In pre-Nazi Germany, the effects of the Great Depression were felt far more than in perhaps any other nation in the world. The Wall Street Crash hammered the average people of Germany. As a result, they desperately looked for someone to lead them out of the crisis – and for someone to blame. The group that would step forward in this midst of this economic meltdown were Adolf Hitler’s Nazi party, and the group which they attributed the blame to were the country’s Jewish minority14. The impact of this radical change in electoral behaviour would be the eventual seizure of power by the Nazis in 1933 – a development which would subsequently see the world plunged into war and would lead to the near-destruction of the Jewish race in Europe. The effects of economic turmoil leading to such a radicalisation of the electorate cannot be understated. This is perhaps illustrated most vividly by the fact that following the onset of the Depression in 1929, the Nazis saw their share of the popular vote climb to 18.3% in the 1930 election: an increase on the paltry 2.6% in the (pre-crisis) election of 192815.

A similar story can be seen in Rwanda where economic recession also led to a radicalisation of national politics. Already one of the poorest countries in the world, the drop in world coffee-prices in the late 1980s led to the country descending into previously unimaginable levels of poverty. By the early 1990s, with no natural resources to fall back upon16, unemployment soured and many were attracted to Hutu extremist parties. When one combines this dire economic situation with the fact that Rwanda was Africa’s most densely populated country17, it is not surprising that a situation emerged where sections of the populace agreed upon the need for a ‘cull’18.

What these historical examples show then, is that economic volatility can undeniably be described as a ‘foot in the door’ for extremist (and thus politically genocidal) regimes. Indeed, it may even be described as the first indicator which can alert the international community to the potential for violence.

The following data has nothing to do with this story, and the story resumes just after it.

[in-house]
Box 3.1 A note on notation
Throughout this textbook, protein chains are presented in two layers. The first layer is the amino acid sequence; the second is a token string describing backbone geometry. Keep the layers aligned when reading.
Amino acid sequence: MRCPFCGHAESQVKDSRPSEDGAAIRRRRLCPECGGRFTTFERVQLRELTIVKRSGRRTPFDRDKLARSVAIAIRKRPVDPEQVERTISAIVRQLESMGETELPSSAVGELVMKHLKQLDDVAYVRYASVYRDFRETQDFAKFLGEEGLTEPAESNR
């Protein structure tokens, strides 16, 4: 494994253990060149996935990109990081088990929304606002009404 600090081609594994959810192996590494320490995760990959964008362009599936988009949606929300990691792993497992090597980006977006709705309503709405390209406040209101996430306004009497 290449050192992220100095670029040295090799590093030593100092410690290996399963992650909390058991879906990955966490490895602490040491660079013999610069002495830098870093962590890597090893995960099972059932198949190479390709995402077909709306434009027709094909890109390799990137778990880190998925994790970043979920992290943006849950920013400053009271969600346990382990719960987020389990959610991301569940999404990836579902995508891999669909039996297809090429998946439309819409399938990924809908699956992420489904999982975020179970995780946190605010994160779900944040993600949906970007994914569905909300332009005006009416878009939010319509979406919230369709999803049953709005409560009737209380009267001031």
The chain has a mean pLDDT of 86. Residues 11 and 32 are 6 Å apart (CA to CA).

Despite being a possibility, economic deprivation rarely leads to genocidal practice on its own, though. Despite the fact that desperate people will do desperate things, economic recession generally has to be accompanied by other developments in order to trigger mass violence. These will now be discussed below.

(b) De-humanisation of Intended Victims

A virtual constant throughout the history of genocide is the reduction of the victims to ‘sub-human’ status. For perpetrators of genocide this process helps to remove feelings of guilt19, and goes a long way to convincing ordinary ‘non-extremists’ to join in with the violence. The use of abstract language, and the misuse of scientific theory, has been used during several episodes of human conflict. It is a practice which today continues in ethnic conflicts around the world, and is a key indicator of impending violence.

This process of de-humanisation is perhaps the most important factor in explaining how the Nazi state was able to liquidate such numbers of people. As part of a systematic process to isolate Jews within the Reich, the Nazis increasingly targeted a range of vile language towards the Jews in the years after 1933. Hitler described the Jews as ‘a maggot in a rotting corpse’20, and several similar viral-like descriptions were subsequently levelled towards that group. The Jews were constantly referred as an infection within in Germany – to the point where they were categorised as bacteria21. The repetition of such language through the media led many ordinary Germans to viewing the physical mixing between ‘Aryan Germans’ and Jews as degenerative of Germanic blood. Prior to the Holocaust, these beliefs peaked with the 1935 ‘Protection of German Blood and Honour and State Citizenship Law’22. Jews and Aryans were no longer allowed to marry, and sexual relations of any kind were forbidden. These measures, which coincided with the constant assertion by the Nazis that the Jews were behind a grand scheme of Judeo-Bolshevik world-domination23, went a long way to ensuring that they were regarded as sub-human within the eyes of the citizens of Hitler’s Reich. As a result, few people objected when the persecution of the Jews descended into violence and extermination.